EDITOR'S CUT

Hey, marketers! What’s been going on for the past couple of months?

So before I spout off about anything, I need to take a moment to thank Nicholas Kontopoulos and Martyn Etherington for their contributions to Marketing Magnified while I was on leave. We have some other submissions from folks like the incomparable John Petralia that we will include in future issues. Part of the fun of being with the CMO Council is seeing all of the thought leadership and insights across our membership base…but the fact that we could fire up the bat signal and have three amazing marketers heed our call for contributions is just extraordinary. I’m truly blessed to have you all in our corner. 

As far as what’s been going on with me…well, I’m including a not-so-shameless mom-brag moment here. Let me introduce you to my little CMO in training (although my other half insists she will be a future chief data scientist/programmer in training), Reagan Mary-Francis Brunner, who was born on March 24. Yes, yes…she is perfection in a onesie, I know. Oh wait—that might be my bias coming thru. 

So why share all of this about my daughter? It’s not like she is the first child to be born in some post-apocalyptic melodrama. Well, it’s because thanks to her, I have had a whole new window into the world of personalized marketing, and I have to say…it hasn’t been pretty. 

A post on Forbes by Ricardo Casas shared insights on “How to Market to Moms on Facebook.” The post went live on May 9, just about a month and a half after I became a first-time mom, so it was like my new world of being a mom was crashing into my world of being a marketer. The line that stuck out to me was this: “In general, mothers are growing weary of being the targets of direct marketing on Facebook and everywhere they go.”

Had I read this on March 24, 2016, I would have likely said, oh it can’t be that bad…at least no worse than the normal onslaught of pseudo-personalized marketing campaigns that litter the average Facebook feed or email inbox. But now, I couldn’t agree more…in fact, I kind of want to get it printed on a t-shirt. Enough. 

Here are just a couple things I have noticed: 

  • Almost nobody is getting it right—seriously. I can’t tell you how many times I have received emails from partners of our baby registry store asking if we have considered banking umbilical cord blood. This was fine pre-March 24, but I wasn’t aware I could bank cord blood for a 3-month-old. The record they purchased from the retailer includes the due date and gender of the baby, so…really? Three months late on the email delivery?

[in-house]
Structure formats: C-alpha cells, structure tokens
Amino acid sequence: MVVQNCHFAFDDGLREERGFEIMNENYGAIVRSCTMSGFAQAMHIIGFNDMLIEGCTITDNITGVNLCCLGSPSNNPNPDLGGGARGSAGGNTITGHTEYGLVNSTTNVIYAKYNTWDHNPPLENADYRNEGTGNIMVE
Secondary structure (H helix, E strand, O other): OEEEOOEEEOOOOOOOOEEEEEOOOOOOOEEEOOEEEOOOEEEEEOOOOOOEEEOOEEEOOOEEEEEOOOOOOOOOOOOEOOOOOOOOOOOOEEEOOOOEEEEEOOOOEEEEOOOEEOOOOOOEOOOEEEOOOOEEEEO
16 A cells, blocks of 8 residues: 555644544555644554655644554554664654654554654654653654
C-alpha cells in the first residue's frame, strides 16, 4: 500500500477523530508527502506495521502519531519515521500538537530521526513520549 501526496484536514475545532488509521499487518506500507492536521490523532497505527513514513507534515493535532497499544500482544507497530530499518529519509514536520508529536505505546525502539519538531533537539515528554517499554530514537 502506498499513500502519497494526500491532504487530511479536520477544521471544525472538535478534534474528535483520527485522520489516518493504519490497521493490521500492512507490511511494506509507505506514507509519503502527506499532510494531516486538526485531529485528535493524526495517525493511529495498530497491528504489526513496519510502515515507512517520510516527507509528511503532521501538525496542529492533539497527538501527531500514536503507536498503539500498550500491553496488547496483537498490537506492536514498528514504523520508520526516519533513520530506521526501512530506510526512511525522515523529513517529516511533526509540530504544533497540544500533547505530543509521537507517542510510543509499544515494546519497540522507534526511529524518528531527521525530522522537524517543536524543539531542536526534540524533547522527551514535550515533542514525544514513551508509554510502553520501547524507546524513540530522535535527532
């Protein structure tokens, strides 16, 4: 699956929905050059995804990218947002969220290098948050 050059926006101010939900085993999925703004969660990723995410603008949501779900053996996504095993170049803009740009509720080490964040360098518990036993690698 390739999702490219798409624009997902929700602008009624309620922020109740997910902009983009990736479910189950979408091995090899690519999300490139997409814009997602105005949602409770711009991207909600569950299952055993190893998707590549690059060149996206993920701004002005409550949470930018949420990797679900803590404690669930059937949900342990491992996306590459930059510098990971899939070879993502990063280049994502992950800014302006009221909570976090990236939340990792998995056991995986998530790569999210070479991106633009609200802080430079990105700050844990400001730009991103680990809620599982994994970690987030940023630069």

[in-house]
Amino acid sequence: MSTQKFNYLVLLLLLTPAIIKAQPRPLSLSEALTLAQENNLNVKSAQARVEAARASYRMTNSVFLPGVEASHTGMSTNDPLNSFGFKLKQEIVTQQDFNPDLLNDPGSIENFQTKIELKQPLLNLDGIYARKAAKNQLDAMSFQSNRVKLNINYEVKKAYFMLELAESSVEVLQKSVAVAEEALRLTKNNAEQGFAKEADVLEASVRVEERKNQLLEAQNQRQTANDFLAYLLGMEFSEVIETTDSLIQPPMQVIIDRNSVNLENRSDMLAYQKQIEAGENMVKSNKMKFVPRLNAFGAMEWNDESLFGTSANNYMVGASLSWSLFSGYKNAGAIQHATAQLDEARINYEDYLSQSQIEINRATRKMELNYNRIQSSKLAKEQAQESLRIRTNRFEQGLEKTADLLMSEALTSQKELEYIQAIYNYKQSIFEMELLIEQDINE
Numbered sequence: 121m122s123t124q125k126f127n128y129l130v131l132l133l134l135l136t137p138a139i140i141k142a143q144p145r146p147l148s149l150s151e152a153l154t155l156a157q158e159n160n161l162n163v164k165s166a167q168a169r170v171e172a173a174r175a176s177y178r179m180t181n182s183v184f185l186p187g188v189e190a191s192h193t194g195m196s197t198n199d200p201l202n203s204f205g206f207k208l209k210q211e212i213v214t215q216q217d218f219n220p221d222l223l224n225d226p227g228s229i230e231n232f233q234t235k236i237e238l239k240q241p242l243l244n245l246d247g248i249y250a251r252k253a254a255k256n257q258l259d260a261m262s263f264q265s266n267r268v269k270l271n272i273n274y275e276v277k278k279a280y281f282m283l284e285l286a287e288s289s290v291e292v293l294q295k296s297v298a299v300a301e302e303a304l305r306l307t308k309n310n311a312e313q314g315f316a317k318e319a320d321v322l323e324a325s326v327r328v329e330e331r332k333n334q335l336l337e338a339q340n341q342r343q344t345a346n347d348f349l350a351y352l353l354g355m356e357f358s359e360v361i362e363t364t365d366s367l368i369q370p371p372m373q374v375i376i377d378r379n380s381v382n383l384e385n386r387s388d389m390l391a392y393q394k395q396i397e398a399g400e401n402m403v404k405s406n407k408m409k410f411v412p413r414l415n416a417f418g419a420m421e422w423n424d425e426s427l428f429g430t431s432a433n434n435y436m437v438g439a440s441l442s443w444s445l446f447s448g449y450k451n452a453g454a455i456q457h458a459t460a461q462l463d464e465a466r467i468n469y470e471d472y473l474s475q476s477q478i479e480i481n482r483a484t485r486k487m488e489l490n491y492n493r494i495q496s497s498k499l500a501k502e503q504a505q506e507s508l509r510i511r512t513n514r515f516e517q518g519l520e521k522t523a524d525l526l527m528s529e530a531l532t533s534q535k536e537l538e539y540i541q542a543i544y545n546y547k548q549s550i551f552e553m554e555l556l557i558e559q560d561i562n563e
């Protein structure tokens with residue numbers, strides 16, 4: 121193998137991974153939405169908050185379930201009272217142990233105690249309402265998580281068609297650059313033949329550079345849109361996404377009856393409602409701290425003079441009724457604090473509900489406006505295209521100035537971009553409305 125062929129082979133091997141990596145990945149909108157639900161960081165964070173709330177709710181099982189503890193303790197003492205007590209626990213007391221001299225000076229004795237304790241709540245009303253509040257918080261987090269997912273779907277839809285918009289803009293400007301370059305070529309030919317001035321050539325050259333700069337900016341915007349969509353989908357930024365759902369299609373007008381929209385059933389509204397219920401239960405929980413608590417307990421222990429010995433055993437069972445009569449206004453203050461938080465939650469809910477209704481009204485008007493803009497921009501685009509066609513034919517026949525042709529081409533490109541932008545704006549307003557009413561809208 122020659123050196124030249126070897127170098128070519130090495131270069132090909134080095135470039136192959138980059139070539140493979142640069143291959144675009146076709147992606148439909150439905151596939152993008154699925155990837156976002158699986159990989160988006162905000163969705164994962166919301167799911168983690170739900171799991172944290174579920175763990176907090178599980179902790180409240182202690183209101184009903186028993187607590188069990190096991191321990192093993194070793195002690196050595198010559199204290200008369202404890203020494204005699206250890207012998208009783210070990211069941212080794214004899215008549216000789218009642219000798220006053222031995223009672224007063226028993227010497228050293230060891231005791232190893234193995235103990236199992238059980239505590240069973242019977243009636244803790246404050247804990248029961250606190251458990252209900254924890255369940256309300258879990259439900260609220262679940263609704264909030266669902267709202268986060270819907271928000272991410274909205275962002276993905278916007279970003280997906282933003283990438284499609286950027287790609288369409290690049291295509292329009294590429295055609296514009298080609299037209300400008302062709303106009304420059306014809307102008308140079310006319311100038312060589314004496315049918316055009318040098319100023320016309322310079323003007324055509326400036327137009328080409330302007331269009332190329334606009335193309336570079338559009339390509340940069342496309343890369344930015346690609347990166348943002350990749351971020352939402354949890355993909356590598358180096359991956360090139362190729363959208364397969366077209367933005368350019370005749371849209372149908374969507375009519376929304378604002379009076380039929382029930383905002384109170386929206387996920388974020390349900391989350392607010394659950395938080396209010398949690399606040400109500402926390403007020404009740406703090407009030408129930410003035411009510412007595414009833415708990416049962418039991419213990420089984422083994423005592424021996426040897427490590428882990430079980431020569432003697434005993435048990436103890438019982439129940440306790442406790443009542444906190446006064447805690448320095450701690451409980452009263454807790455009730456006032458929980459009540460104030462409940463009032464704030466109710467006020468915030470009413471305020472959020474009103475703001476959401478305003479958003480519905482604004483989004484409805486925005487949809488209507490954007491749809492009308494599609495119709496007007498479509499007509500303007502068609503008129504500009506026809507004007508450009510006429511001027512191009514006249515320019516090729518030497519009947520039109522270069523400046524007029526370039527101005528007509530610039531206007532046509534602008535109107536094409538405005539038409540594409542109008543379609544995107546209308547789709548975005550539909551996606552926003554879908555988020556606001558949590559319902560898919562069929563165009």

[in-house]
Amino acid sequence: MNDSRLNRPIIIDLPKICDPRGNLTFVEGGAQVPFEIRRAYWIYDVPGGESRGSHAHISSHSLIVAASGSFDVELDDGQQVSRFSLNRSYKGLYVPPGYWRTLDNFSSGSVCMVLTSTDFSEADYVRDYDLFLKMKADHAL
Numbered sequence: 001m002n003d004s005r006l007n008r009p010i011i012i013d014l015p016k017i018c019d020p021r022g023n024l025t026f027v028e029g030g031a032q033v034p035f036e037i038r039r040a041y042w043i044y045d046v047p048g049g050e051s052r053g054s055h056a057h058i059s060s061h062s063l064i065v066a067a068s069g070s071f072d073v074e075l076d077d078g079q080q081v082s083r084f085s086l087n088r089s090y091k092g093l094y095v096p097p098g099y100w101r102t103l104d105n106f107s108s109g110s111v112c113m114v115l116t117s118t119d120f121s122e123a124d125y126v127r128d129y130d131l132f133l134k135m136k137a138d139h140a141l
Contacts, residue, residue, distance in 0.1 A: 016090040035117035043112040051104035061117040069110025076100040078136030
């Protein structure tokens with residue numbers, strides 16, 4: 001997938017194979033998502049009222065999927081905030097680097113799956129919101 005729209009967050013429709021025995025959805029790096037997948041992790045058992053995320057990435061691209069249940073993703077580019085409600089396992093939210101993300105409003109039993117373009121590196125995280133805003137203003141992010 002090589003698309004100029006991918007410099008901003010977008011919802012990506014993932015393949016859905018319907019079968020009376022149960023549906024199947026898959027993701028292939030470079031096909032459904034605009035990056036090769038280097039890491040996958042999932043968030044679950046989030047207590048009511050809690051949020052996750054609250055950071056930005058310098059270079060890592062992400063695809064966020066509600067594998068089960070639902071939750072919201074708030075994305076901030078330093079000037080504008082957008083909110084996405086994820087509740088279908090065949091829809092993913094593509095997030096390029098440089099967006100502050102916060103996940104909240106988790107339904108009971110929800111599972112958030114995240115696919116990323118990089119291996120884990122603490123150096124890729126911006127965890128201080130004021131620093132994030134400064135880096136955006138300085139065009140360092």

• As a new mom with no sleep, I’ll buy pretty much anything that helps my baby in some way, but I don’t know what I don’t know. I am continuously surprised by promotions and experiences being sent my way that completely fail to share details on what most influences my buying decisions. I’ve been endlessly searching for reflux helpers, but I have yet to receive anything about products that address reflux. It’s an easy enough word to tag.
  • Product packaging in the world of baby does a terrible job of keeping up with the trends du jour. With conversations raging across mommy message boards about colic, reflux, brain development, etc., where are the packaging call-outs that reflect current conversations? It’s like half of the products on the shelves are responding to conversations that are so 2016. And in the age of immediate delivery and instant satisfaction, response to 2016 conversations just won’t drive 2017 business.
  • If I get another email from my healthcare provider that uses the “he” pronoun or fails to remember when she was born, I might just lose my mind. I gave birth two weeks early. Besides friends and family, do you know who else knows this? My healthcare network! So why did I get an email, two weeks after we had already come home, asking me if I was “ready for the big day: tips for the first days at home”? Uh, no…I wasn’t ready for the big day since it came two weeks ago. Thanks for nothing!

There is arguably nothing more personal than sending an email to a new mom about her new baby. But this also means there is nothing more rewarding or more damaging to a customer experience than getting the engagement wrong. So here I sit, trying to figure it all out in the face of a million opinions, suggestions and recommendations across a ridiculous number of channels that include digital, physical and my mother (who really is a channel of her own). Now is the time when a well-timed, relevant and compelling experience will absolutely earn my loyalty.

Until next month!

Liz

(AKA Reagan’s Mom)

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